Written back in 1999 Craig tackles the problem:”If God foreknows how are we free?” We’ve written a 4 page summary of the book.

Molonism: The Contemporary Debate

A book of essays examining arguments for and against Molonism (the editor is anti-molinist).  The articles are very technical.   A survey of the table of contents identifies key thinkers in the area.  A concise review by Paul Helm (who is anti-molonist) is available.

Molinism and Calvinism

Q&A: Molinism vs Calvinism

William Lane Craig | Q & A | Technical

Craig explains where he feels Calvinists get it right (affirming sovereignty and freedom) but then identifies 5 problems with the way the Reformed view tries to explain itself (affirming universal determinism and compatibility).

Audio Debate: Calvinism vs Molinism

Paul Helm vs William Lane Craig | 1:20:00 | Basic

William Lane Craig and Paul Helm engage in a friendly but pointed debate over the disagreements between the Calvinist and Molinist views of divine sovereignty and human freedom.

Molinism and Open Theism

Gregory Boyd’s Neo-Molonism

William Lane Craig | Q & A | Acessible

Craig examine’s Boyd’s views on open theism and contrasts them to Molonism.

Neo-Molonism and the Infinite Intelligence of God

Greg Boyd | Article | Basic

Boyd provides an introduction to his own views of providence which fall under the broad category of open theism.

Academic Papers

Scholarly Article: On Ockham’s Way Out

35 pages. By Dr. Alvin Plantinga

Plantinga examines the apparent problems that arise when we introduce divine foreknowledge.  Does it really preclude free will?  He addresses Newcombe’s paradox (with clear implications on prayer).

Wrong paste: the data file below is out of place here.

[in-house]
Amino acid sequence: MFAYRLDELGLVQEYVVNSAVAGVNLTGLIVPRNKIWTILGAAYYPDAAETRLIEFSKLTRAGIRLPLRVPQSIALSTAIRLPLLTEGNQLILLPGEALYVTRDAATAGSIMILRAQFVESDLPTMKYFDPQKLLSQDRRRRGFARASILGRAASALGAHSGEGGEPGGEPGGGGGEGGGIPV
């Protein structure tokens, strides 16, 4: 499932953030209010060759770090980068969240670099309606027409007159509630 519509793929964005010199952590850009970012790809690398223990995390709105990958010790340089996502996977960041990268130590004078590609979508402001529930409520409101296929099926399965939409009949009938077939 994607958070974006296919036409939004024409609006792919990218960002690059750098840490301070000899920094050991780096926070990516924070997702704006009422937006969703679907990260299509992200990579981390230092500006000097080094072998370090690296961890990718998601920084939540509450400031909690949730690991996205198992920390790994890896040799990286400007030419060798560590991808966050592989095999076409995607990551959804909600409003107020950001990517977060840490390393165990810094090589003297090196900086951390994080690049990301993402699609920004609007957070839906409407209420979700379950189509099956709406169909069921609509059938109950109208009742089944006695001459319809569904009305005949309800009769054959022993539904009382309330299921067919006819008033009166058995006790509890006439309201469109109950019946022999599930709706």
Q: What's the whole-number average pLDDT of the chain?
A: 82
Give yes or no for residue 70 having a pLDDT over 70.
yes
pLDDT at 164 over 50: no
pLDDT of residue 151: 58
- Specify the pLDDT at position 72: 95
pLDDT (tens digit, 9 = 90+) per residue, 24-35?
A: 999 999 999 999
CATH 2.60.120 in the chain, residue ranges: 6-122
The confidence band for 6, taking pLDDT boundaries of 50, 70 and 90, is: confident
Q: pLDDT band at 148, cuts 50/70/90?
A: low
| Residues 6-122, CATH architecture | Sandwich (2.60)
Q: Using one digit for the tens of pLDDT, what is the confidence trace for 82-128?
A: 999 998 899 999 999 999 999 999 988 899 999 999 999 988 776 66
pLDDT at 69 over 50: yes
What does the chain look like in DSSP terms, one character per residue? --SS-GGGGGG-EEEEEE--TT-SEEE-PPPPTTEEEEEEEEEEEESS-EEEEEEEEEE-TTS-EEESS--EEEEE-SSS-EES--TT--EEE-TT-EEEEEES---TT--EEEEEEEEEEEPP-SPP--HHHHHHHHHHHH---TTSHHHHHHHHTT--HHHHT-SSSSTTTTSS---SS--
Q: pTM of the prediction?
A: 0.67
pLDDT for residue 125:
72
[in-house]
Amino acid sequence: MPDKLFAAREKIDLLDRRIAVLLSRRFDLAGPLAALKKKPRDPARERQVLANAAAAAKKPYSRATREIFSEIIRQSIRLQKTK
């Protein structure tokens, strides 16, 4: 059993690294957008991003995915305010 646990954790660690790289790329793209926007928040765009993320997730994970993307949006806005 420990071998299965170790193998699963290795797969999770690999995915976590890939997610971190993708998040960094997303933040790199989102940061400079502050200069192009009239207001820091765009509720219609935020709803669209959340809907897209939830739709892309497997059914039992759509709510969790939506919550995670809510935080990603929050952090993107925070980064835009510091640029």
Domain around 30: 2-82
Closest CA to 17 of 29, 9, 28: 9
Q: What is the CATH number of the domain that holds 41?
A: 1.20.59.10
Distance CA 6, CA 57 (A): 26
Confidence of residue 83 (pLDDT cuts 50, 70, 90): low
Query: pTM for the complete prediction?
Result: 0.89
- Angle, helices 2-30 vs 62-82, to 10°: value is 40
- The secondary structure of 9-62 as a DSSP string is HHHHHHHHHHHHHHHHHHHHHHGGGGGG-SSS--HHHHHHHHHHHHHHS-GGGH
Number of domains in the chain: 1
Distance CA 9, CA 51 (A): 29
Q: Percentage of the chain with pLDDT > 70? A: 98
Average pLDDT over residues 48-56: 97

Varieties of Accidental Necessity

Thomas Flint | 8 Part Youtube | Academic

This paper was delivered by Thomas Flint at Alvin Plantinga’s retirement celebration.  In it he explores the concepts of accidental necessity apparent in Fredosso’s works and in Alvin Plantinga’s essay ‘On Ockham’s Way Out.’  It is broken out into 9 parts on youtube.  Part 1, Part 2, Part 3, Part 4, Part 5, Part 6, Part 7, Part 8, Part 9.

Yet Another Anti-Molinist Argument

Dean Zimmerman | Article | Academic

He is the leading anti-molinist philosopher (though he admits that molinism is the most popular view among philosophers).

Middle Knowledge: A Reformed Critique

Travis Campbell | 31 pages | Article | Academic

Lorum Ipsum.

God Freedom and Evil

Alvin Plantinga | 180 pages | Book | Academic

Alvin Plantinga inadvertently exhumed Molonism.  It was not until Anthony Kenny pointed out the connection that Plantinga had even heard of Molonism.  This article made the belief relevant for this new generation.

Middle Knowledge Perspective on Divine Inspiration

William Lane Craig | Web Page | Article | Basic

Can we use middle knowledge as a way to understand inspiration as opposed to verbal, plenary inspiration?

Is middle knowledge incompatible with free-will?  Craig answers this is an Q & A article.

How would God act if his choices were bound by damning either person A or person B arbitrarily?  Craig answers this question in a Q & A.

 

Related Concepts

  • Accidental Necessity (Is it closed under entailment? How many types?)
  • Grounding Objection
  • Contrasting Views: Open Theism, Calvanism, Armenianism